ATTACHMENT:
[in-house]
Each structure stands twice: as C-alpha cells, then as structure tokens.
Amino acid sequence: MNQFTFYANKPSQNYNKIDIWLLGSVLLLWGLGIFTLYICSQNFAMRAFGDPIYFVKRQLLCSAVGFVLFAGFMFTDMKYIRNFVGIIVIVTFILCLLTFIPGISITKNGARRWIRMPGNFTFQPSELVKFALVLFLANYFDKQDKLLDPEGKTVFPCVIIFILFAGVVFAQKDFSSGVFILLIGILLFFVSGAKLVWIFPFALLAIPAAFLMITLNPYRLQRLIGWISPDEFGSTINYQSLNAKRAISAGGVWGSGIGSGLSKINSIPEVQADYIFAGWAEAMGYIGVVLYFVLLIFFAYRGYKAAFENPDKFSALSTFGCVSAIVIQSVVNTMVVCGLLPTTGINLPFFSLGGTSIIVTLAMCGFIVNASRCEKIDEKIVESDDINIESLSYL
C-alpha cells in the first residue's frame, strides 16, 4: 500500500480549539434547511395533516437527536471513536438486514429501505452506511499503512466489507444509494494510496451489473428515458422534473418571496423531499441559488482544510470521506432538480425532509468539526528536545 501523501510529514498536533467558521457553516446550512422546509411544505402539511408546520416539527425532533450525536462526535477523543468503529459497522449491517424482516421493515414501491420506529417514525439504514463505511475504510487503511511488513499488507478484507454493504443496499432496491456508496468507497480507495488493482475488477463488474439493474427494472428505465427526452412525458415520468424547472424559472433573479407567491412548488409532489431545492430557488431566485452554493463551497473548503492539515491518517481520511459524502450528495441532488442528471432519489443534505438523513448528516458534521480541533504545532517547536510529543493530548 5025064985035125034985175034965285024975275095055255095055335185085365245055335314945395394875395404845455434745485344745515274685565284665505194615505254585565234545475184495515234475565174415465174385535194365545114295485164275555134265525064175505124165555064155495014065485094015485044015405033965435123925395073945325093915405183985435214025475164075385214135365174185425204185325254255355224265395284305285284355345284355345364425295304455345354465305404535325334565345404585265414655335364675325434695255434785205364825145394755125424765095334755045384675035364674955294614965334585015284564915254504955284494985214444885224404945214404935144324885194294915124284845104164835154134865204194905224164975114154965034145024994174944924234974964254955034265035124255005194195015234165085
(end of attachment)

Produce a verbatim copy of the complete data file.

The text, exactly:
[in-house]
Each structure stands twice: as C-alpha cells, then as structure tokens.
Amino acid sequence: MNQFTFYANKPSQNYNKIDIWLLGSVLLLWGLGIFTLYICSQNFAMRAFGDPIYFVKRQLLCSAVGFVLFAGFMFTDMKYIRNFVGIIVIVTFILCLLTFIPGISITKNGARRWIRMPGNFTFQPSELVKFALVLFLANYFDKQDKLLDPEGKTVFPCVIIFILFAGVVFAQKDFSSGVFILLIGILLFFVSGAKLVWIFPFALLAIPAAFLMITLNPYRLQRLIGWISPDEFGSTINYQSLNAKRAISAGGVWGSGIGSGLSKINSIPEVQADYIFAGWAEAMGYIGVVLYFVLLIFFAYRGYKAAFENPDKFSALSTFGCVSAIVIQSVVNTMVVCGLLPTTGINLPFFSLGGTSIIVTLAMCGFIVNASRCEKIDEKIVESDDINIESLSYL
C-alpha cells in the first residue's frame, strides 16, 4: 500500500480549539434547511395533516437527536471513536438486514429501505452506511499503512466489507444509494494510496451489473428515458422534473418571496423531499441559488482544510470521506432538480425532509468539526528536545 501523501510529514498536533467558521457553516446550512422546509411544505402539511408546520416539527425532533450525536462526535477523543468503529459497522449491517424482516421493515414501491420506529417514525439504514463505511475504510487503511511488513499488507478484507454493504443496499432496491456508496468507497480507495488493482475488477463488474439493474427494472428505465427526452412525458415520468424547472424559472433573479407567491412548488409532489431545492430557488431566485452554493463551497473548503492539515491518517481520511459524502450528495441532488442528471432519489443534505438523513448528516458534521480541533504545532517547536510529543493530548 5025064985035125034985175034965285024975275095055255095055335185085365245055335314945395394875395404845455434745485344745515274685565284665505194615505254585565234545475184495515234475565174415465174385535194365545114295485164275555134265525064175505124165555064155495014065485094015485044015405033965435123925395073945325093915405183985435214025475164075385214135365174185425204185325254255355224265395284305285284355345284355345364425295304455345354465305404535325334565345404585265414655335364675325434695255434785205364825145394755125424765095334755045384675035364674955294614965334585015284564915254504955284494985214444885224404945214404935144324885194294915124284845104164835154134865204194905224164975114154965034145024994174944924234974964254955034265035124255005194195015234165085